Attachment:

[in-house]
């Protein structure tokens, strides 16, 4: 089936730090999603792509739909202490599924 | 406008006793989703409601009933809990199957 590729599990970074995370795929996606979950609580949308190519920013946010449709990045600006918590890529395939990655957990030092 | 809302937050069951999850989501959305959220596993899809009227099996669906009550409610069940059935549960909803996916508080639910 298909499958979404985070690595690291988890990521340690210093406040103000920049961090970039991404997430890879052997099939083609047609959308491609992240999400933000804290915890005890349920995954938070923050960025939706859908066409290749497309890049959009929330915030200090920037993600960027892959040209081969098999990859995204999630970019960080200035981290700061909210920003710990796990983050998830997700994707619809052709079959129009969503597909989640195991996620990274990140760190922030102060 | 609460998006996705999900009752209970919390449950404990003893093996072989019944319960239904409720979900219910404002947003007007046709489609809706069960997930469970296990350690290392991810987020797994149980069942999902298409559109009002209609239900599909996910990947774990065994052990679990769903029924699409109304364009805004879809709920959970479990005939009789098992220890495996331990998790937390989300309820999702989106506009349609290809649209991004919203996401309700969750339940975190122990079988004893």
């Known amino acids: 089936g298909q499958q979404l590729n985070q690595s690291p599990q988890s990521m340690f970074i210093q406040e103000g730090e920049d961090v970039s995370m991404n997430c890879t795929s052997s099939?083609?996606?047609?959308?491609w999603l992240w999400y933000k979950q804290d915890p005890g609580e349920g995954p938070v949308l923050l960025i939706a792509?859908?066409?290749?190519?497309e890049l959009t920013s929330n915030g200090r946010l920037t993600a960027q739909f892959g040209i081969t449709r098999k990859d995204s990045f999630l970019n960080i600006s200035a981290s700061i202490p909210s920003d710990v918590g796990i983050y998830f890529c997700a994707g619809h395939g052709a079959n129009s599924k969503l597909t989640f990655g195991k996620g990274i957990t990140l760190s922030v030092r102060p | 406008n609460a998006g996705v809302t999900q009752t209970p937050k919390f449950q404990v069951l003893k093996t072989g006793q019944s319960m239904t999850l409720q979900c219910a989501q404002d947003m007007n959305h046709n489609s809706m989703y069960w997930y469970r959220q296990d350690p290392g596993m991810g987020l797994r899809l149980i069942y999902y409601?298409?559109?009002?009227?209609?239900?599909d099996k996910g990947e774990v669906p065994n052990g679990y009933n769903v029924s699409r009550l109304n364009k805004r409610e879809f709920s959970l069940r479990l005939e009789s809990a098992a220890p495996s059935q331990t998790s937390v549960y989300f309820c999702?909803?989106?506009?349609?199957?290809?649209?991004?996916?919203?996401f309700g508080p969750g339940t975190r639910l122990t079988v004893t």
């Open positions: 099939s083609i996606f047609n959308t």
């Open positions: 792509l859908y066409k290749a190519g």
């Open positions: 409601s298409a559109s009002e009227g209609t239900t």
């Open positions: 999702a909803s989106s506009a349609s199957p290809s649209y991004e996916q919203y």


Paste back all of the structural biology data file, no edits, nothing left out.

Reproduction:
[in-house]
């Protein structure tokens, strides 16, 4: 089936730090999603792509739909202490599924 | 406008006793989703409601009933809990199957 590729599990970074995370795929996606979950609580949308190519920013946010449709990045600006918590890529395939990655957990030092 | 809302937050069951999850989501959305959220596993899809009227099996669906009550409610069940059935549960909803996916508080639910 298909499958979404985070690595690291988890990521340690210093406040103000920049961090970039991404997430890879052997099939083609047609959308491609992240999400933000804290915890005890349920995954938070923050960025939706859908066409290749497309890049959009929330915030200090920037993600960027892959040209081969098999990859995204999630970019960080200035981290700061909210920003710990796990983050998830997700994707619809052709079959129009969503597909989640195991996620990274990140760190922030102060 | 609460998006996705999900009752209970919390449950404990003893093996072989019944319960239904409720979900219910404002947003007007046709489609809706069960997930469970296990350690290392991810987020797994149980069942999902298409559109009002209609239900599909996910990947774990065994052990679990769903029924699409109304364009805004879809709920959970479990005939009789098992220890495996331990998790937390989300309820999702989106506009349609290809649209991004919203996401309700969750339940975190122990079988004893």
């Known amino acids: 089936g298909q499958q979404l590729n985070q690595s690291p599990q988890s990521m340690f970074i210093q406040e103000g730090e920049d961090v970039s995370m991404n997430c890879t795929s052997s099939?083609?996606?047609?959308?491609w999603l992240w999400y933000k979950q804290d915890p005890g609580e349920g995954p938070v949308l923050l960025i939706a792509?859908?066409?290749?190519?497309e890049l959009t920013s929330n915030g200090r946010l920037t993600a960027q739909f892959g040209i081969t449709r098999k990859d995204s990045f999630l970019n960080i600006s200035a981290s700061i202490p909210s920003d710990v918590g796990i983050y998830f890529c997700a994707g619809h395939g052709a079959n129009s599924k969503l597909t989640f990655g195991k996620g990274i957990t990140l760190s922030v030092r102060p | 406008n609460a998006g996705v809302t999900q009752t209970p937050k919390f449950q404990v069951l003893k093996t072989g006793q019944s319960m239904t999850l409720q979900c219910a989501q404002d947003m007007n959305h046709n489609s809706m989703y069960w997930y469970r959220q296990d350690p290392g596993m991810g987020l797994r899809l149980i069942y999902y409601?298409?559109?009002?009227?209609?239900?599909d099996k996910g990947e774990v669906p065994n052990g679990y009933n769903v029924s699409r009550l109304n364009k805004r409610e879809f709920s959970l069940r479990l005939e009789s809990a098992a220890p495996s059935q331990t998790s937390v549960y989300f309820c999702?909803?989106?506009?349609?199957?290809?649209?991004?996916?919203?996401f309700g508080p969750g339940t975190r639910l122990t079988v004893t």
């Open positions: 099939s083609i996606f047609n959308t």
């Open positions: 792509l859908y066409k290749a190519g």
């Open positions: 409601s298409a559109s009002e009227g209609t239900t």
């Open positions: 999702a909803s989106s506009a349609s199957p290809s649209y991004e996916q919203y």